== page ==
Across the Atlantic, property buffs who follow the New York Times listings are fond of their history, albeit mixed with some serious luxury modern properties.
A 1760s colonial house in Readington New Jersey, asking just $1.06m was one of the top five properties viewed this spring. It was eclipsed however by a nearly 1600 sq m five level modern building in the woods in Toronto that came with its own elevator, pool and spa. Dubbed by the agent as having a "symphonic blend of the rational and emotional" the architectural masterpiece was asking just under $25m.
Over the summer readers also eyeballed a 1920s mansion in Clayton, Missouri, on its own park-like grounds that was asking just over $9m.
But a hilltop Los Angeles mansion on Viewmont Drive (yes, the views were stunning) topped that for viewers. Asking a mere $42.6m it had the requisite media room, swimming pool etc that you'd expect for the moneyed movie crowd.
Later in the summer a Newport Coast, California $18m spread of over 1000 sq m got some of the most viewings. It was eclipsed in viewings, however, by a NOHO loft apartment spread over a luxurious – for Manhattan – 245 sq m asking just $11.4m.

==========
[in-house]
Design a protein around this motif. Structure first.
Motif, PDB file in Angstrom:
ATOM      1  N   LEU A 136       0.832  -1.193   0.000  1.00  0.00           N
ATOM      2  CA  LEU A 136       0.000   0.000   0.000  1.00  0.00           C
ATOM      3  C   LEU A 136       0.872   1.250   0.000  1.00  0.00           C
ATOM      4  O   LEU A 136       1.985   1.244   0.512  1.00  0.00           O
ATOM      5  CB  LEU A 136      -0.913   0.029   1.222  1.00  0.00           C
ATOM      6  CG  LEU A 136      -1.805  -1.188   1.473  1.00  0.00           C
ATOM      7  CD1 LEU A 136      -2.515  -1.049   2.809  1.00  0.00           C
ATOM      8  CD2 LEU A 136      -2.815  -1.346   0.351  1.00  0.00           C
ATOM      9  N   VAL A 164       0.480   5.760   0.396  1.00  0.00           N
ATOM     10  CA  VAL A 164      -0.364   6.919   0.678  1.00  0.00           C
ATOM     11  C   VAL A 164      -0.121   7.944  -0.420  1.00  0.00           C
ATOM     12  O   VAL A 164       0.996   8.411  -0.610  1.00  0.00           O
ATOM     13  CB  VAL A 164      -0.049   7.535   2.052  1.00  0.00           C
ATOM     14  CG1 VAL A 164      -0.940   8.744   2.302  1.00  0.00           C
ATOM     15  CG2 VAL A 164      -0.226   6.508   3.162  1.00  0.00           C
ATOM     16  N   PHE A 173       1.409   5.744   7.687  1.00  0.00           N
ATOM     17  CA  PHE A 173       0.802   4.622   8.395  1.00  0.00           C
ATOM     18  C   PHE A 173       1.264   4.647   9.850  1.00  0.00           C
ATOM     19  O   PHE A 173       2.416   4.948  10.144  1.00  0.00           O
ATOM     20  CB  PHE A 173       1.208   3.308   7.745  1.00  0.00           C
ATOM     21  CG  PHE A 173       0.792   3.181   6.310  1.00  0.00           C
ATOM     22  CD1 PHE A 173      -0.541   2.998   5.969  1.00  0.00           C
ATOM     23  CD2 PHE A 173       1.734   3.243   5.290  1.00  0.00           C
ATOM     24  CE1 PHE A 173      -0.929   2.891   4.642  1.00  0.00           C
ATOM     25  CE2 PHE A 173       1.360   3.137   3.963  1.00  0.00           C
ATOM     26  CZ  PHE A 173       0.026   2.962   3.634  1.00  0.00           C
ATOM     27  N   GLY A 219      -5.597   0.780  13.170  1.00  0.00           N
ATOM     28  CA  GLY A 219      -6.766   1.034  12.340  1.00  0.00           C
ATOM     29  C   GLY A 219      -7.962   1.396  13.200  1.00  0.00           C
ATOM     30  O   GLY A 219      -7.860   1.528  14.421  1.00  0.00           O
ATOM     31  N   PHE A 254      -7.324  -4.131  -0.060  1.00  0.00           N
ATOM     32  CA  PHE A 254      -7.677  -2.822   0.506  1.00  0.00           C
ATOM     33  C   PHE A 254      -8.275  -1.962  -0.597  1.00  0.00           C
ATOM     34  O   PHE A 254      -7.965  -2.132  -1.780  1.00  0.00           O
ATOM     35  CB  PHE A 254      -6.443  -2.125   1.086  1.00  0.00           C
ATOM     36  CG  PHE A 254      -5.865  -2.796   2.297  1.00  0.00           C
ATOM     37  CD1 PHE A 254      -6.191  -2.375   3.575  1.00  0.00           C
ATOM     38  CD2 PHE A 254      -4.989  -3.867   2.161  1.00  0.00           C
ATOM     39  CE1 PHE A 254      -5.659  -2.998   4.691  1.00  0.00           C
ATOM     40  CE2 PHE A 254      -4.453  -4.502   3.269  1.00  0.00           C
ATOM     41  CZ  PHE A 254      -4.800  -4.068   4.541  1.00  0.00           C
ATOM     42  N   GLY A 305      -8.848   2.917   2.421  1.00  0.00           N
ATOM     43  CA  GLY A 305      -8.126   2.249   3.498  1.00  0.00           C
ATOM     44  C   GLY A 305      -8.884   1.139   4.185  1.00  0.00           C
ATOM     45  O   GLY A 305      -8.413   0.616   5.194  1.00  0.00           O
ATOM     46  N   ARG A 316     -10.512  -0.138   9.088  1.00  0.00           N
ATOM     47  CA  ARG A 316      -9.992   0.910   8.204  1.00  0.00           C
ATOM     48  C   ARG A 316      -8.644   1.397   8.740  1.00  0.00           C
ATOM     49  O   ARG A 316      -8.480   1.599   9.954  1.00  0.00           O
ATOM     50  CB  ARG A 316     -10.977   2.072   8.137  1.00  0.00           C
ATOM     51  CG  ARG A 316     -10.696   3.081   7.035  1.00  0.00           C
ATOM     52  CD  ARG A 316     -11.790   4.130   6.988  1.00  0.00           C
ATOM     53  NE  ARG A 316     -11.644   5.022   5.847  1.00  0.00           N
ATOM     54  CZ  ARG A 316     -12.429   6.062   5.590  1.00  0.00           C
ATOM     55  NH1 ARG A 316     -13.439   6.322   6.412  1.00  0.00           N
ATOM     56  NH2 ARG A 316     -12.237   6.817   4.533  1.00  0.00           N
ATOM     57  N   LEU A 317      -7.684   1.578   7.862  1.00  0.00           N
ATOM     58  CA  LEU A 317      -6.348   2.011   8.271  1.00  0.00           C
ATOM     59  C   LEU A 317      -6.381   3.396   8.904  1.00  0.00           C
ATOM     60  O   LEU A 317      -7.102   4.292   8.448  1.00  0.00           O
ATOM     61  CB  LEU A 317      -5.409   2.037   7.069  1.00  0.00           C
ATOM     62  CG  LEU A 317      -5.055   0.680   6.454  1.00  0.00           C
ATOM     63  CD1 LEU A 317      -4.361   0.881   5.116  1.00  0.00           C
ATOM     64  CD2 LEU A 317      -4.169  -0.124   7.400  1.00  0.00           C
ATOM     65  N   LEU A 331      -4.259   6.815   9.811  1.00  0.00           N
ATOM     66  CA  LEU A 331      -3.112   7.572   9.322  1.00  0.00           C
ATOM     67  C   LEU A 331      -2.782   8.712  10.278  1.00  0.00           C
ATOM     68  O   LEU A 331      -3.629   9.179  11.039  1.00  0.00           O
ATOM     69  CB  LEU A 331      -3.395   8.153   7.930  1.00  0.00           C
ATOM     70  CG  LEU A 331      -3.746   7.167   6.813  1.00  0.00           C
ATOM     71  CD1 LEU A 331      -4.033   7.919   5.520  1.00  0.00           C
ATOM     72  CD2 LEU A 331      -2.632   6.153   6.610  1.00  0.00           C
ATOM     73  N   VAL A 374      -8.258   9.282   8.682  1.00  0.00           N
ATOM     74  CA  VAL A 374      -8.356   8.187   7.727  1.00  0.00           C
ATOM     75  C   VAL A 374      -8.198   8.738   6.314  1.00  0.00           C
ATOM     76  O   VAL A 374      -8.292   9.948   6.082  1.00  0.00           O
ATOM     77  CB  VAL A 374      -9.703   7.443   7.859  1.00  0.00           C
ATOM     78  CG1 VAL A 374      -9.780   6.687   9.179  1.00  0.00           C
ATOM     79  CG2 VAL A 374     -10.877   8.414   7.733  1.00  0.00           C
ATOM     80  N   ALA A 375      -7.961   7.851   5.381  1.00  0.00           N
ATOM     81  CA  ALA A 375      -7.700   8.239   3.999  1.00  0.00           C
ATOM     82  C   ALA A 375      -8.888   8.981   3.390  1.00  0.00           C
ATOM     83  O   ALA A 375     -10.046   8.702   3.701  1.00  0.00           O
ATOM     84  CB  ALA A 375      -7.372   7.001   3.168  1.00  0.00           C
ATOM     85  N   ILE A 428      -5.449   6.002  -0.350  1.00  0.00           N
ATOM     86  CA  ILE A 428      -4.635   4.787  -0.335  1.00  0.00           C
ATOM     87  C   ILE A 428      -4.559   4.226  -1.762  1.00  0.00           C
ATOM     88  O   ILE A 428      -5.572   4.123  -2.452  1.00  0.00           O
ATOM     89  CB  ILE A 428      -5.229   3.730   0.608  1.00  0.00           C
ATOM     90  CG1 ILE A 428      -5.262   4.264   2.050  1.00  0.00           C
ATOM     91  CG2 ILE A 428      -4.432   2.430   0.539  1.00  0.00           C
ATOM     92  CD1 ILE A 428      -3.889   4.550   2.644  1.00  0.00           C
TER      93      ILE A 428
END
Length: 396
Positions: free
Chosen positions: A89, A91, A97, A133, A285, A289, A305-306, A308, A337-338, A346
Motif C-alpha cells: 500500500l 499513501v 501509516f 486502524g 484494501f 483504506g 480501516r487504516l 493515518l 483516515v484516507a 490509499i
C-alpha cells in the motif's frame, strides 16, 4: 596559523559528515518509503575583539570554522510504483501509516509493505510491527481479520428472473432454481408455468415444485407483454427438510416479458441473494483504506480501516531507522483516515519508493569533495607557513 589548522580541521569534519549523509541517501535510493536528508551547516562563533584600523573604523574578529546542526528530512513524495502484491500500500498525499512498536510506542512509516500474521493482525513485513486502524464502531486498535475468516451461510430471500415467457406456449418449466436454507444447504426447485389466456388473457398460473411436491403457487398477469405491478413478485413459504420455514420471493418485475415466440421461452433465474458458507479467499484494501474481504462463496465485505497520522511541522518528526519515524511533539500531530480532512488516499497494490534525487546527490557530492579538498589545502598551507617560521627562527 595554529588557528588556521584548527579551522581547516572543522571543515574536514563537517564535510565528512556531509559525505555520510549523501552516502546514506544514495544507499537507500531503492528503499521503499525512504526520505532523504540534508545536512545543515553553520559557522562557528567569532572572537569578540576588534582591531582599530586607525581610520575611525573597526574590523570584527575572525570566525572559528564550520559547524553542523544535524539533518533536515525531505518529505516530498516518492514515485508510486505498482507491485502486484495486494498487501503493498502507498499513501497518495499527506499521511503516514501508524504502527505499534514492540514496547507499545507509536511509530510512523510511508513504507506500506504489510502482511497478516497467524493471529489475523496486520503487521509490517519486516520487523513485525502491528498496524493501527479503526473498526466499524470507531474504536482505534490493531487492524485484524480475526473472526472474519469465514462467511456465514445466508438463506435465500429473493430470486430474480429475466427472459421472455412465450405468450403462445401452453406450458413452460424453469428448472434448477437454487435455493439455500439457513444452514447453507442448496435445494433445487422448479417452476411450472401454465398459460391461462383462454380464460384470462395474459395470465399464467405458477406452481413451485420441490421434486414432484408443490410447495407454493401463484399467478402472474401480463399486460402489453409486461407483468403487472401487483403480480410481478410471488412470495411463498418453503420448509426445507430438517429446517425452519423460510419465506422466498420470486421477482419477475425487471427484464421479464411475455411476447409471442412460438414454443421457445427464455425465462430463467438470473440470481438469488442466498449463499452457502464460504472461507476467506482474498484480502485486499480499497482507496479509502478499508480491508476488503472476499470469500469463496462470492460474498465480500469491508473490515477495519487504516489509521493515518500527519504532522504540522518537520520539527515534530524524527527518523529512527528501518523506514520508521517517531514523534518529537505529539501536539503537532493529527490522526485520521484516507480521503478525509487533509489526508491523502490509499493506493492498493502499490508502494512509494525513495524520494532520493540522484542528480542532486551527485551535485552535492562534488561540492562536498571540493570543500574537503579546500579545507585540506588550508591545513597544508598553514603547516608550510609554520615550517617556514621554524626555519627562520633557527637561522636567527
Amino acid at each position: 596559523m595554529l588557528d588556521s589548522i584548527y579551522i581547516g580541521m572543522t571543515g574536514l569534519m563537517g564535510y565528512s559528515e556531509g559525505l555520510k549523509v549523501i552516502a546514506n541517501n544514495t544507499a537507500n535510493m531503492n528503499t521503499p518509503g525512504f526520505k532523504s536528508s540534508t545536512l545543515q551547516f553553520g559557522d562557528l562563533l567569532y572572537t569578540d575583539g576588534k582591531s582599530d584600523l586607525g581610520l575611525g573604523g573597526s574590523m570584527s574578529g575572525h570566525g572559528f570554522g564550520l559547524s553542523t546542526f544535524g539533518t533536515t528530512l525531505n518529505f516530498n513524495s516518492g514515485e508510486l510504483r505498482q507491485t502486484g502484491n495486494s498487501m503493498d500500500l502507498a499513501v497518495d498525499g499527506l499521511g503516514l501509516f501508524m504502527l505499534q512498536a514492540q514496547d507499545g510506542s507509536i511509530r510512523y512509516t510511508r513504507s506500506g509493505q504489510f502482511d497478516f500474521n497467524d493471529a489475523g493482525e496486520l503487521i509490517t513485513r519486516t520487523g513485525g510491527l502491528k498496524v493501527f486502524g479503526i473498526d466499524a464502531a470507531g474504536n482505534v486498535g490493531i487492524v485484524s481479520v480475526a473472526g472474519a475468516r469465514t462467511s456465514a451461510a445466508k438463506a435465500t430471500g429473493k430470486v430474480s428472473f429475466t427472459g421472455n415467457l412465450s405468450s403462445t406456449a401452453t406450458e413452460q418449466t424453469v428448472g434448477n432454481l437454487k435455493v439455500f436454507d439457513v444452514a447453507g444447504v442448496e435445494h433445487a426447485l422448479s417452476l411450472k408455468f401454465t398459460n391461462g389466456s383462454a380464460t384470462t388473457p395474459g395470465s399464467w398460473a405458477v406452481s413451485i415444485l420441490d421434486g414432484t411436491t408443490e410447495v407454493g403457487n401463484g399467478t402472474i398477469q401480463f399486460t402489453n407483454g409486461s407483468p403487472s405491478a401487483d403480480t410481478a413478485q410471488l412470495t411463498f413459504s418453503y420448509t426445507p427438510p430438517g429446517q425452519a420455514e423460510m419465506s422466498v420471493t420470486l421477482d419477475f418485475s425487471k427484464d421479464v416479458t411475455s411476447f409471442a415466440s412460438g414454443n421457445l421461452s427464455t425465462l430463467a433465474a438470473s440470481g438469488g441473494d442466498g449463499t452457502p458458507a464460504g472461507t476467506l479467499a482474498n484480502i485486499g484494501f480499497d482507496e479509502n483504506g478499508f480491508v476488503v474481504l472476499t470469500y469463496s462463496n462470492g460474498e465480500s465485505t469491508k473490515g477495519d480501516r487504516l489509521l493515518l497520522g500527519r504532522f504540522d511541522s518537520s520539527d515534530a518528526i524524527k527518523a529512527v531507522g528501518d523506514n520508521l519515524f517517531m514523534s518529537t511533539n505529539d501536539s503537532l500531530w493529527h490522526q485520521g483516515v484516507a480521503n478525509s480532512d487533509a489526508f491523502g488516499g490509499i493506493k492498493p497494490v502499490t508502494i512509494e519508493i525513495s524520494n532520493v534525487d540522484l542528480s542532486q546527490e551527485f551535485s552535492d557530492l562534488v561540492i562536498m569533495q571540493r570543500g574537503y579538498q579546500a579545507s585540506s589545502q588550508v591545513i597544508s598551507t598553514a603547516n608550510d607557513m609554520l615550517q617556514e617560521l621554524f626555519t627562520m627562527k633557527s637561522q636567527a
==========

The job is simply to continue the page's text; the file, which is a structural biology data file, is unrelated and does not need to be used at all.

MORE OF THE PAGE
New York Times readers also love out of state places – up and down the price scale. A bargain house in Vermont with mountain views for $753,000 was nearly as popular as an Aspen, Colorado ski house with a home theatre and outdoor spa for nearly $26.5 m. We suspect a massive seven bed, seven bath place in Lake Quivira, Kansas, topped the August and September list for its out there landscaping: a scuba tunnel that connected a grotto, waterfall and pool.
More for the discreet money was a beautifully renovated Park Slope, Brooklyn triplex with its own deck asking just over $8m, or a 24th floor modern apartment on Manhattan's golden Fifth Ave for $3.2m.
One of the top five most viewed properties from August to October still appears unsold, despite a new, safe white paint job. The cutely renovated one bed, one bath pad with desirable high ceilings in the West Village is asking $1.367m.
All those house hunters spotting a bargain. For New York.